pound class where Cal Jenkins
may still be bothered by a sprain-
ed ankle," Keen explained.
Even if Jenkins is ready, he
might not represent Michigan as
sophomore Jim Kamman couvinc-
ingly stopped previously-undefeat-
ed Dick Cook of Michigan State,
9-4, last week.
Keen did not wish to make any
predictions about the meet's out-
come but mentioned Minnesota
and Michigan State as the Wol-
verines' toughest foes.

"Mississippi State has two Aus-
tralians and a boy from Ecuador
who are all very good," explained
Murphy yesterday.
Won Four
Miami has beaten the Wolver-
ines four times in the past two
years and is a perennial tennis
power. Last year the Hurricanes
defeated Michigan 7-2 and 6-3.
Miami's second victory over the
Wolverines extended its dual meet
victory string to 132. The string
was broken the same week by a
Princeton team which had lost to
Michigan.
Traveling to Florida for Mich-
igan will be junior Karl Hedrick,
Brian Flood, George Russell, Bo
Barker, Jim Swift, and Jerry
Stewart. Coach Murphy has not
yet decided on what position each
man will play.
Also on this year's squad are
Hal Lowe, Bill Dixon, and John
Fraser.
The only loss to graduation last
year was captain and number one
singles player Harry Fauquier.
This is the second straight year
that only the number one singles
player hastbeenulost to thesteam.
Graduating Ray Senkowski was
the only loss that had to be filled
on last year's squad.
One Soph
The only sophomore on this
year's team is Stewart, and ac-
cording to Murphy, is a very
promising player from Daytona
Beach, Fla.
Flood, Lowe, Fraser, and Rus-
sell are all seniors and all except
Russell have two years of varsity
experience behind them.
Flood won the third singles title
in last year's Big Ten tournament.
Hedrick, Swift and Dixon all
reached the finalsaof the tourney,
but lost their final matches.

_ ........_a _.. .r ..... x ... , V_.., ....r. ....a..., .

CLARK GRAEBNER

FRIDAY- SATURDAY, MARCH 5th and 6th
BURBERRY COAT SHOWING"
A showing of women's and men's coats for the Fall of 1965 will be
presented in the store. We invite you to select your personal coat
from a wide selection of materials and styles.
ANN ARBOR-326 South State St.
- P- Bv t-e

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SCORES
College Basketball
Eastern Kentucky 94, Marshall 92
Louisville 79, Wichita 70
Dartmouth 84, Brown 70
St. Joseph's 95, St. Bonaventure87
Cincinnati 102, Xavier 72
NHL
Detroit 2, Chicago 0
Boston 6, New York i
NBA
Baltimore 151, Cincinnati 108
Detroit 110; San Francisco 107
Los Angeles 104, Boston 102
St. Louis 124. Philadelphia 110

4

player in the conference. Marty
Riessen has graduated but Clark
Graebner, his understudy for two
years, returns again this year.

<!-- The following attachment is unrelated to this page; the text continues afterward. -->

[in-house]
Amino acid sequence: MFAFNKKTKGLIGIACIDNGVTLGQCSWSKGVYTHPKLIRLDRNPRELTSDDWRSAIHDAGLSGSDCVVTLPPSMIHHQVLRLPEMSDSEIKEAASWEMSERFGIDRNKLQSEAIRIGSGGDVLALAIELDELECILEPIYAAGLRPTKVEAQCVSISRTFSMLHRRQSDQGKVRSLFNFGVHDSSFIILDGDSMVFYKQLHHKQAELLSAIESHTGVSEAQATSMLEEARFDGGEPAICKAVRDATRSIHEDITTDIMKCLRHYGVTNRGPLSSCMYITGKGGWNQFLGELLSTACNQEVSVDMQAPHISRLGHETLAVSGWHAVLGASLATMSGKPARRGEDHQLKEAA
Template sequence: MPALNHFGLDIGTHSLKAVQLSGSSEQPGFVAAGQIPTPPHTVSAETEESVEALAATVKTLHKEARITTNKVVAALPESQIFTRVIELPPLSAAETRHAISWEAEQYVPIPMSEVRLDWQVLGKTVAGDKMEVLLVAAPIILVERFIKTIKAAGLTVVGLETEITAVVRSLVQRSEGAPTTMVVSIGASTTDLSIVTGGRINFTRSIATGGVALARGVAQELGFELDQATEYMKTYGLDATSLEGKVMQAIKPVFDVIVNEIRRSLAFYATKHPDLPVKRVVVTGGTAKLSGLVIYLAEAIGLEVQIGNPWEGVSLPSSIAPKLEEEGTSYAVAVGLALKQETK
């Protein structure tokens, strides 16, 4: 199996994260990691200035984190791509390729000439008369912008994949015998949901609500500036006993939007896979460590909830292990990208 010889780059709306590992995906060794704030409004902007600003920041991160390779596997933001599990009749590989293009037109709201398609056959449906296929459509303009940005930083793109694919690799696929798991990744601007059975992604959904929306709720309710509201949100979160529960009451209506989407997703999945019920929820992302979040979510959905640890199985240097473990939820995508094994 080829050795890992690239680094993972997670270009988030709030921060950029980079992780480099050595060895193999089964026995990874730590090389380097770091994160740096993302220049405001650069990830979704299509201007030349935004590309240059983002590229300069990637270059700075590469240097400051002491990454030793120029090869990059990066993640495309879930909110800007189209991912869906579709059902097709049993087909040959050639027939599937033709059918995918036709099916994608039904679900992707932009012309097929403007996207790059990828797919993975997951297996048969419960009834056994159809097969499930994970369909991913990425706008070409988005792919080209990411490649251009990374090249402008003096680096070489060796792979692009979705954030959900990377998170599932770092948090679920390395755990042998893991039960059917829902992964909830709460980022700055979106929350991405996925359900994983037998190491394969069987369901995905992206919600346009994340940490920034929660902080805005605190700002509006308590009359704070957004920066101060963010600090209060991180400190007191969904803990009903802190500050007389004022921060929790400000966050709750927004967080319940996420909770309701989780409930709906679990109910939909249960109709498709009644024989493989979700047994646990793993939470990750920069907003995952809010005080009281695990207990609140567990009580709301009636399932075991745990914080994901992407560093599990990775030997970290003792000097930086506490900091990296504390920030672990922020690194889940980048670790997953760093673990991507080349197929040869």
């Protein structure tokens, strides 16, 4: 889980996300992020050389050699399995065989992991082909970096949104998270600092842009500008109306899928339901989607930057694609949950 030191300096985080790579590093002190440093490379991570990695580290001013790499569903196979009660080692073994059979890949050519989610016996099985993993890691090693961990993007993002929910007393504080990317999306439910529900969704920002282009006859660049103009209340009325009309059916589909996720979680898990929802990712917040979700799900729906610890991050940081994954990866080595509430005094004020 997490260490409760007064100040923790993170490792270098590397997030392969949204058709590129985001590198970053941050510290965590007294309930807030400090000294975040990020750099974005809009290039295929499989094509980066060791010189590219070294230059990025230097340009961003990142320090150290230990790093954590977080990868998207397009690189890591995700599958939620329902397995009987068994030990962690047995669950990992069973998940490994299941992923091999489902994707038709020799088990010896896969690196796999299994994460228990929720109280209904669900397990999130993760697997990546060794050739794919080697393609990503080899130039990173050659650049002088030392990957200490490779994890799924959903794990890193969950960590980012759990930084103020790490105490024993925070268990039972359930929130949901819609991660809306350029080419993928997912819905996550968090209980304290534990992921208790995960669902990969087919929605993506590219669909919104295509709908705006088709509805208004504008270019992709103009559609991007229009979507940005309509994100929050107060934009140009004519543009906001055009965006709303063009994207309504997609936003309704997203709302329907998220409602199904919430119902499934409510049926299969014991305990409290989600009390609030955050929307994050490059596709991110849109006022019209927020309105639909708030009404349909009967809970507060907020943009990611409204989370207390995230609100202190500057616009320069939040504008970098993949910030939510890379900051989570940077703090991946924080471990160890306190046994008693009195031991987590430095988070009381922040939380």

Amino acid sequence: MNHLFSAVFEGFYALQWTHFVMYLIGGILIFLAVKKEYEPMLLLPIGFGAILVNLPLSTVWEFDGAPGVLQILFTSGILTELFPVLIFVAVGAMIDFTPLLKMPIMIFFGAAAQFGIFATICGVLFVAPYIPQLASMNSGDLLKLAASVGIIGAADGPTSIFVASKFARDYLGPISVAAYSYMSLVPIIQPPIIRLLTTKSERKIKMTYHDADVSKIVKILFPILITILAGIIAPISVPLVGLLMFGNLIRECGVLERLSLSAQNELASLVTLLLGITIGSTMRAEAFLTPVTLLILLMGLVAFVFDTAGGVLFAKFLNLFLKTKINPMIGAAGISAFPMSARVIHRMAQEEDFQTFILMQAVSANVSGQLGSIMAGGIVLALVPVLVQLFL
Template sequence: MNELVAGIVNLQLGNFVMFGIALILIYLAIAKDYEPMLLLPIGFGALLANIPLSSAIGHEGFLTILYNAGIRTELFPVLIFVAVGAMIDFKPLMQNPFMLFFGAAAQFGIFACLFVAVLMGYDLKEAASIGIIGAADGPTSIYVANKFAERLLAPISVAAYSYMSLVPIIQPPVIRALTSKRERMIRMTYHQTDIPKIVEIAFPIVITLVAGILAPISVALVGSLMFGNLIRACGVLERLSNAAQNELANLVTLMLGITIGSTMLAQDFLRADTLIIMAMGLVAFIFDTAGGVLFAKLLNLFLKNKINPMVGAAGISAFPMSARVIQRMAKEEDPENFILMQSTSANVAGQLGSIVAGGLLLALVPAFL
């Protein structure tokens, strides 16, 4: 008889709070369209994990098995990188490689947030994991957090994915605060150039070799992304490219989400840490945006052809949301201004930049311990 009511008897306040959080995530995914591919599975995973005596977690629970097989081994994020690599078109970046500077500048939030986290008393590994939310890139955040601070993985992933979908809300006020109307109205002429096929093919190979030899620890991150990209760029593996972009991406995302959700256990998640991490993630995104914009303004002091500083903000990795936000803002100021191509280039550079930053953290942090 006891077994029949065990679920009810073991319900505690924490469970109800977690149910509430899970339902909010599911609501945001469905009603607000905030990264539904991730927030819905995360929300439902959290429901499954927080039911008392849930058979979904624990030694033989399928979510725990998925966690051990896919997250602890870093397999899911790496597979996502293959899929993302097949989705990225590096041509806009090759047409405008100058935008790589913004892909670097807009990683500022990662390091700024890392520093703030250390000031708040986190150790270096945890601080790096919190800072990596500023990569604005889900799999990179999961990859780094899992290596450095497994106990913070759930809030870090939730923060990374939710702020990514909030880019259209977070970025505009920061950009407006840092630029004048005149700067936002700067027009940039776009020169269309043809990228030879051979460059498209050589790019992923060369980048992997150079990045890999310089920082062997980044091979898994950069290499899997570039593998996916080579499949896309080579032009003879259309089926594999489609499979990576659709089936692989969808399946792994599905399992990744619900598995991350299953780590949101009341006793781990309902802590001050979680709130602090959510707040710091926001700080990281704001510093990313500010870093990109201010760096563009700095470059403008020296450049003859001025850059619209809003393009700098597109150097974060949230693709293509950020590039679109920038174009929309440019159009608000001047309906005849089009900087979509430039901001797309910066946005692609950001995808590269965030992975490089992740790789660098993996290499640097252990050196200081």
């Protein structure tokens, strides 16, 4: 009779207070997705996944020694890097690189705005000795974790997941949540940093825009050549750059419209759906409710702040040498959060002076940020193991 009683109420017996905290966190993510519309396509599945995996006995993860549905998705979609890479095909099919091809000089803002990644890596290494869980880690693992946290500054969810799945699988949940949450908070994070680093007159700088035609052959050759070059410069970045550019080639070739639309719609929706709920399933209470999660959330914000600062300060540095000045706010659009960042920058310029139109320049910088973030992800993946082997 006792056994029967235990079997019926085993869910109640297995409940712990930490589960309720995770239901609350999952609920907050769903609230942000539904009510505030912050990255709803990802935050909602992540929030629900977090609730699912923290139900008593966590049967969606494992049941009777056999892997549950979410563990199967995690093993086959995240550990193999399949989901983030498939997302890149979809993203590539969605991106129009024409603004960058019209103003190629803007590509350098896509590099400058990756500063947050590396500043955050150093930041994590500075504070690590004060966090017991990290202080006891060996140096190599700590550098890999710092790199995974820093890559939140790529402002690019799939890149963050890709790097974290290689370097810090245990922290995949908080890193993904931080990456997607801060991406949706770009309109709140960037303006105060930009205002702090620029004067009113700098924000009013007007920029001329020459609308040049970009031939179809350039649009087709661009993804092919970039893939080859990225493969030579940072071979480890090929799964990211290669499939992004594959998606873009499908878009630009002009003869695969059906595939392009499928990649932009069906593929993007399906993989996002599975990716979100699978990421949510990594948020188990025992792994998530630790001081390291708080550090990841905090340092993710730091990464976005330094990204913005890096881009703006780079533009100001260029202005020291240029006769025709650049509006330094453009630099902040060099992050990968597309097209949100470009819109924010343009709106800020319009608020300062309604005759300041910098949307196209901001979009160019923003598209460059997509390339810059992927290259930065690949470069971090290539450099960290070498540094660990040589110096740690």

Graebner is currently ranked
ninth in 'the nation by"the USLTA.
The new rankings mark the first
time that Graebner has been
ranked ahead of his tournament
doubles partner.
Indiana, the conference cham-
pion last year, will be tough again
this year. Dave Power, ranked 36th
nationally, will be returning at
the number one singles spot along
with a strong nucleus.
McCracken

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Students
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MIDAS MUFFLER

Resigns as
Head Coach
BLOOMINGTON (R)-The sud-
den resignation of veteran basket-
ball coach Branch McCracken
started Indiana University today
on its second hunt for a new head
coach in 10 weeks.
McCracken, 57, announced Tues-
day night he was stepping out at
0the end of the currentseason, his
24th with the Hoosiers.
Indiana's head football coach,
Phil Dickens, resigned in Decem-
ber and was succeeded in Janu-
ary by John Pont, former head
coach at Yale.
No action was taken on a suc-
cessor for McCracken, but Lou
Watson, his assistant since 1958,
appeared to have the inside track.
McCracken said he was not re-
signing because of ill health or
pressure but wanted to get out of
coaching before his health Decame
affected.
He told a full professorship In
the school of health, physical edu-
cation and recreation and said he
will remain with the university.
McCracken's record for 24 sea-
sons at Indiana, with two games
to go, is 362 victories and 174 de-
feats. His Hoosier teams have a
208-116 record in the Big Ten and
ir hold a winning margin over each
of the other schools. They have
won three conference champion-
ships and tied for another.
He is the only Big Ten coach
with two NCAA championships,
won in 1940 and 1953.
Referring to selection of a sue-
cessor, McCracken said: "My per-
sonal choice would be my assist-
ant, Lou Watson. I think he's a
fine coach and would do a good
job for Indiana."
The Hoosiers started this sea-
son with nine straight pre-confer-
ence victories but lost their Big
Ten opener to Illinois and now
stand 17-5 for the season and 7-5
-.Iin the Big Ten.

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GRADUATING

H.I.S.
SLACKS

SENIORS
Representatives of Los Angeles County-one of the largest, most
progressive local governments in the world-will be on campus
March 12 to inverview graduating Seniors for the following
entry-level positions in government:
*ivil Eaineerina Assistant (677) .nin nnrience that will